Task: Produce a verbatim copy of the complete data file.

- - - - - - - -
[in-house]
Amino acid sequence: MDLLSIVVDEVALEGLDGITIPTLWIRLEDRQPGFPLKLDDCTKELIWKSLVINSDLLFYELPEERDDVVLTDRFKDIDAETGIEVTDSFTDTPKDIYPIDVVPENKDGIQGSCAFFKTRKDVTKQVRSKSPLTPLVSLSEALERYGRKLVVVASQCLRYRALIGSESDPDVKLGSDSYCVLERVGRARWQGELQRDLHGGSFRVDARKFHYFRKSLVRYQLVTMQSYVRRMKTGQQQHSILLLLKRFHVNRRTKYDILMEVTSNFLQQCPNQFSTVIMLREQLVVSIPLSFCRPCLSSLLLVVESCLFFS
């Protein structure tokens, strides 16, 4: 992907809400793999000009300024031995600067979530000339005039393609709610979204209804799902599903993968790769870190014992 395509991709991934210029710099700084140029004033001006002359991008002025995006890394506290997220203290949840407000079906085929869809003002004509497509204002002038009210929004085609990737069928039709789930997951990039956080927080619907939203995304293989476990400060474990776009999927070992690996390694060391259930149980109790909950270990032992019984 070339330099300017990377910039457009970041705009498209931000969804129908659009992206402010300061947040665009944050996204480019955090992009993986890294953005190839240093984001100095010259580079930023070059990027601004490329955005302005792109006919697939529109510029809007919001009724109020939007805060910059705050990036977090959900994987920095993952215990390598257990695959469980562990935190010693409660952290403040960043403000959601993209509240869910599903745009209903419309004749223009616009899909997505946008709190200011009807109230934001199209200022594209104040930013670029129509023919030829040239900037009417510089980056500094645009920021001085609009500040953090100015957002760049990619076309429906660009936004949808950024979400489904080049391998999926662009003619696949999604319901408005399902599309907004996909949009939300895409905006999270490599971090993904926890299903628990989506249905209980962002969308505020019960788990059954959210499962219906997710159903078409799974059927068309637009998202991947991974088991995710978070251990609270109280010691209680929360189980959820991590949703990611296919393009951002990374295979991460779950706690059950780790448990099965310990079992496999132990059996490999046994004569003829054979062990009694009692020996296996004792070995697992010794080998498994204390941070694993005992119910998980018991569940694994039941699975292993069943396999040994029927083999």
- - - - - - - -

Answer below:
[in-house]
Amino acid sequence: MDLLSIVVDEVALEGLDGITIPTLWIRLEDRQPGFPLKLDDCTKELIWKSLVINSDLLFYELPEERDDVVLTDRFKDIDAETGIEVTDSFTDTPKDIYPIDVVPENKDGIQGSCAFFKTRKDVTKQVRSKSPLTPLVSLSEALERYGRKLVVVASQCLRYRALIGSESDPDVKLGSDSYCVLERVGRARWQGELQRDLHGGSFRVDARKFHYFRKSLVRYQLVTMQSYVRRMKTGQQQHSILLLLKRFHVNRRTKYDILMEVTSNFLQQCPNQFSTVIMLREQLVVSIPLSFCRPCLSSLLLVVESCLFFS
């Protein structure tokens, strides 16, 4: 992907809400793999000009300024031995600067979530000339005039393609709610979204209804799902599903993968790769870190014992 395509991709991934210029710099700084140029004033001006002359991008002025995006890394506290997220203290949840407000079906085929869809003002004509497509204002002038009210929004085609990737069928039709789930997951990039956080927080619907939203995304293989476990400060474990776009999927070992690996390694060391259930149980109790909950270990032992019984 070339330099300017990377910039457009970041705009498209931000969804129908659009992206402010300061947040665009944050996204480019955090992009993986890294953005190839240093984001100095010259580079930023070059990027601004490329955005302005792109006919697939529109510029809007919001009724109020939007805060910059705050990036977090959900994987920095993952215990390598257990695959469980562990935190010693409660952290403040960043403000959601993209509240869910599903745009209903419309004749223009616009899909997505946008709190200011009807109230934001199209200022594209104040930013670029129509023919030829040239900037009417510089980056500094645009920021001085609009500040953090100015957002760049990619076309429906660009936004949808950024979400489904080049391998999926662009003619696949999604319901408005399902599309907004996909949009939300895409905006999270490599971090993904926890299903628990989506249905209980962002969308505020019960788990059954959210499962219906997710159903078409799974059927068309637009998202991947991974088991995710978070251990609270109280010691209680929360189980959820991590949703990611296919393009951002990374295979991460779950706690059950780790448990099965310990079992496999132990059996490999046994004569003829054979062990009694009692020996296996004792070995697992010794080998498994204390941070694993005992119910998980018991569940694994039941699975292993069943396999040994029927083999």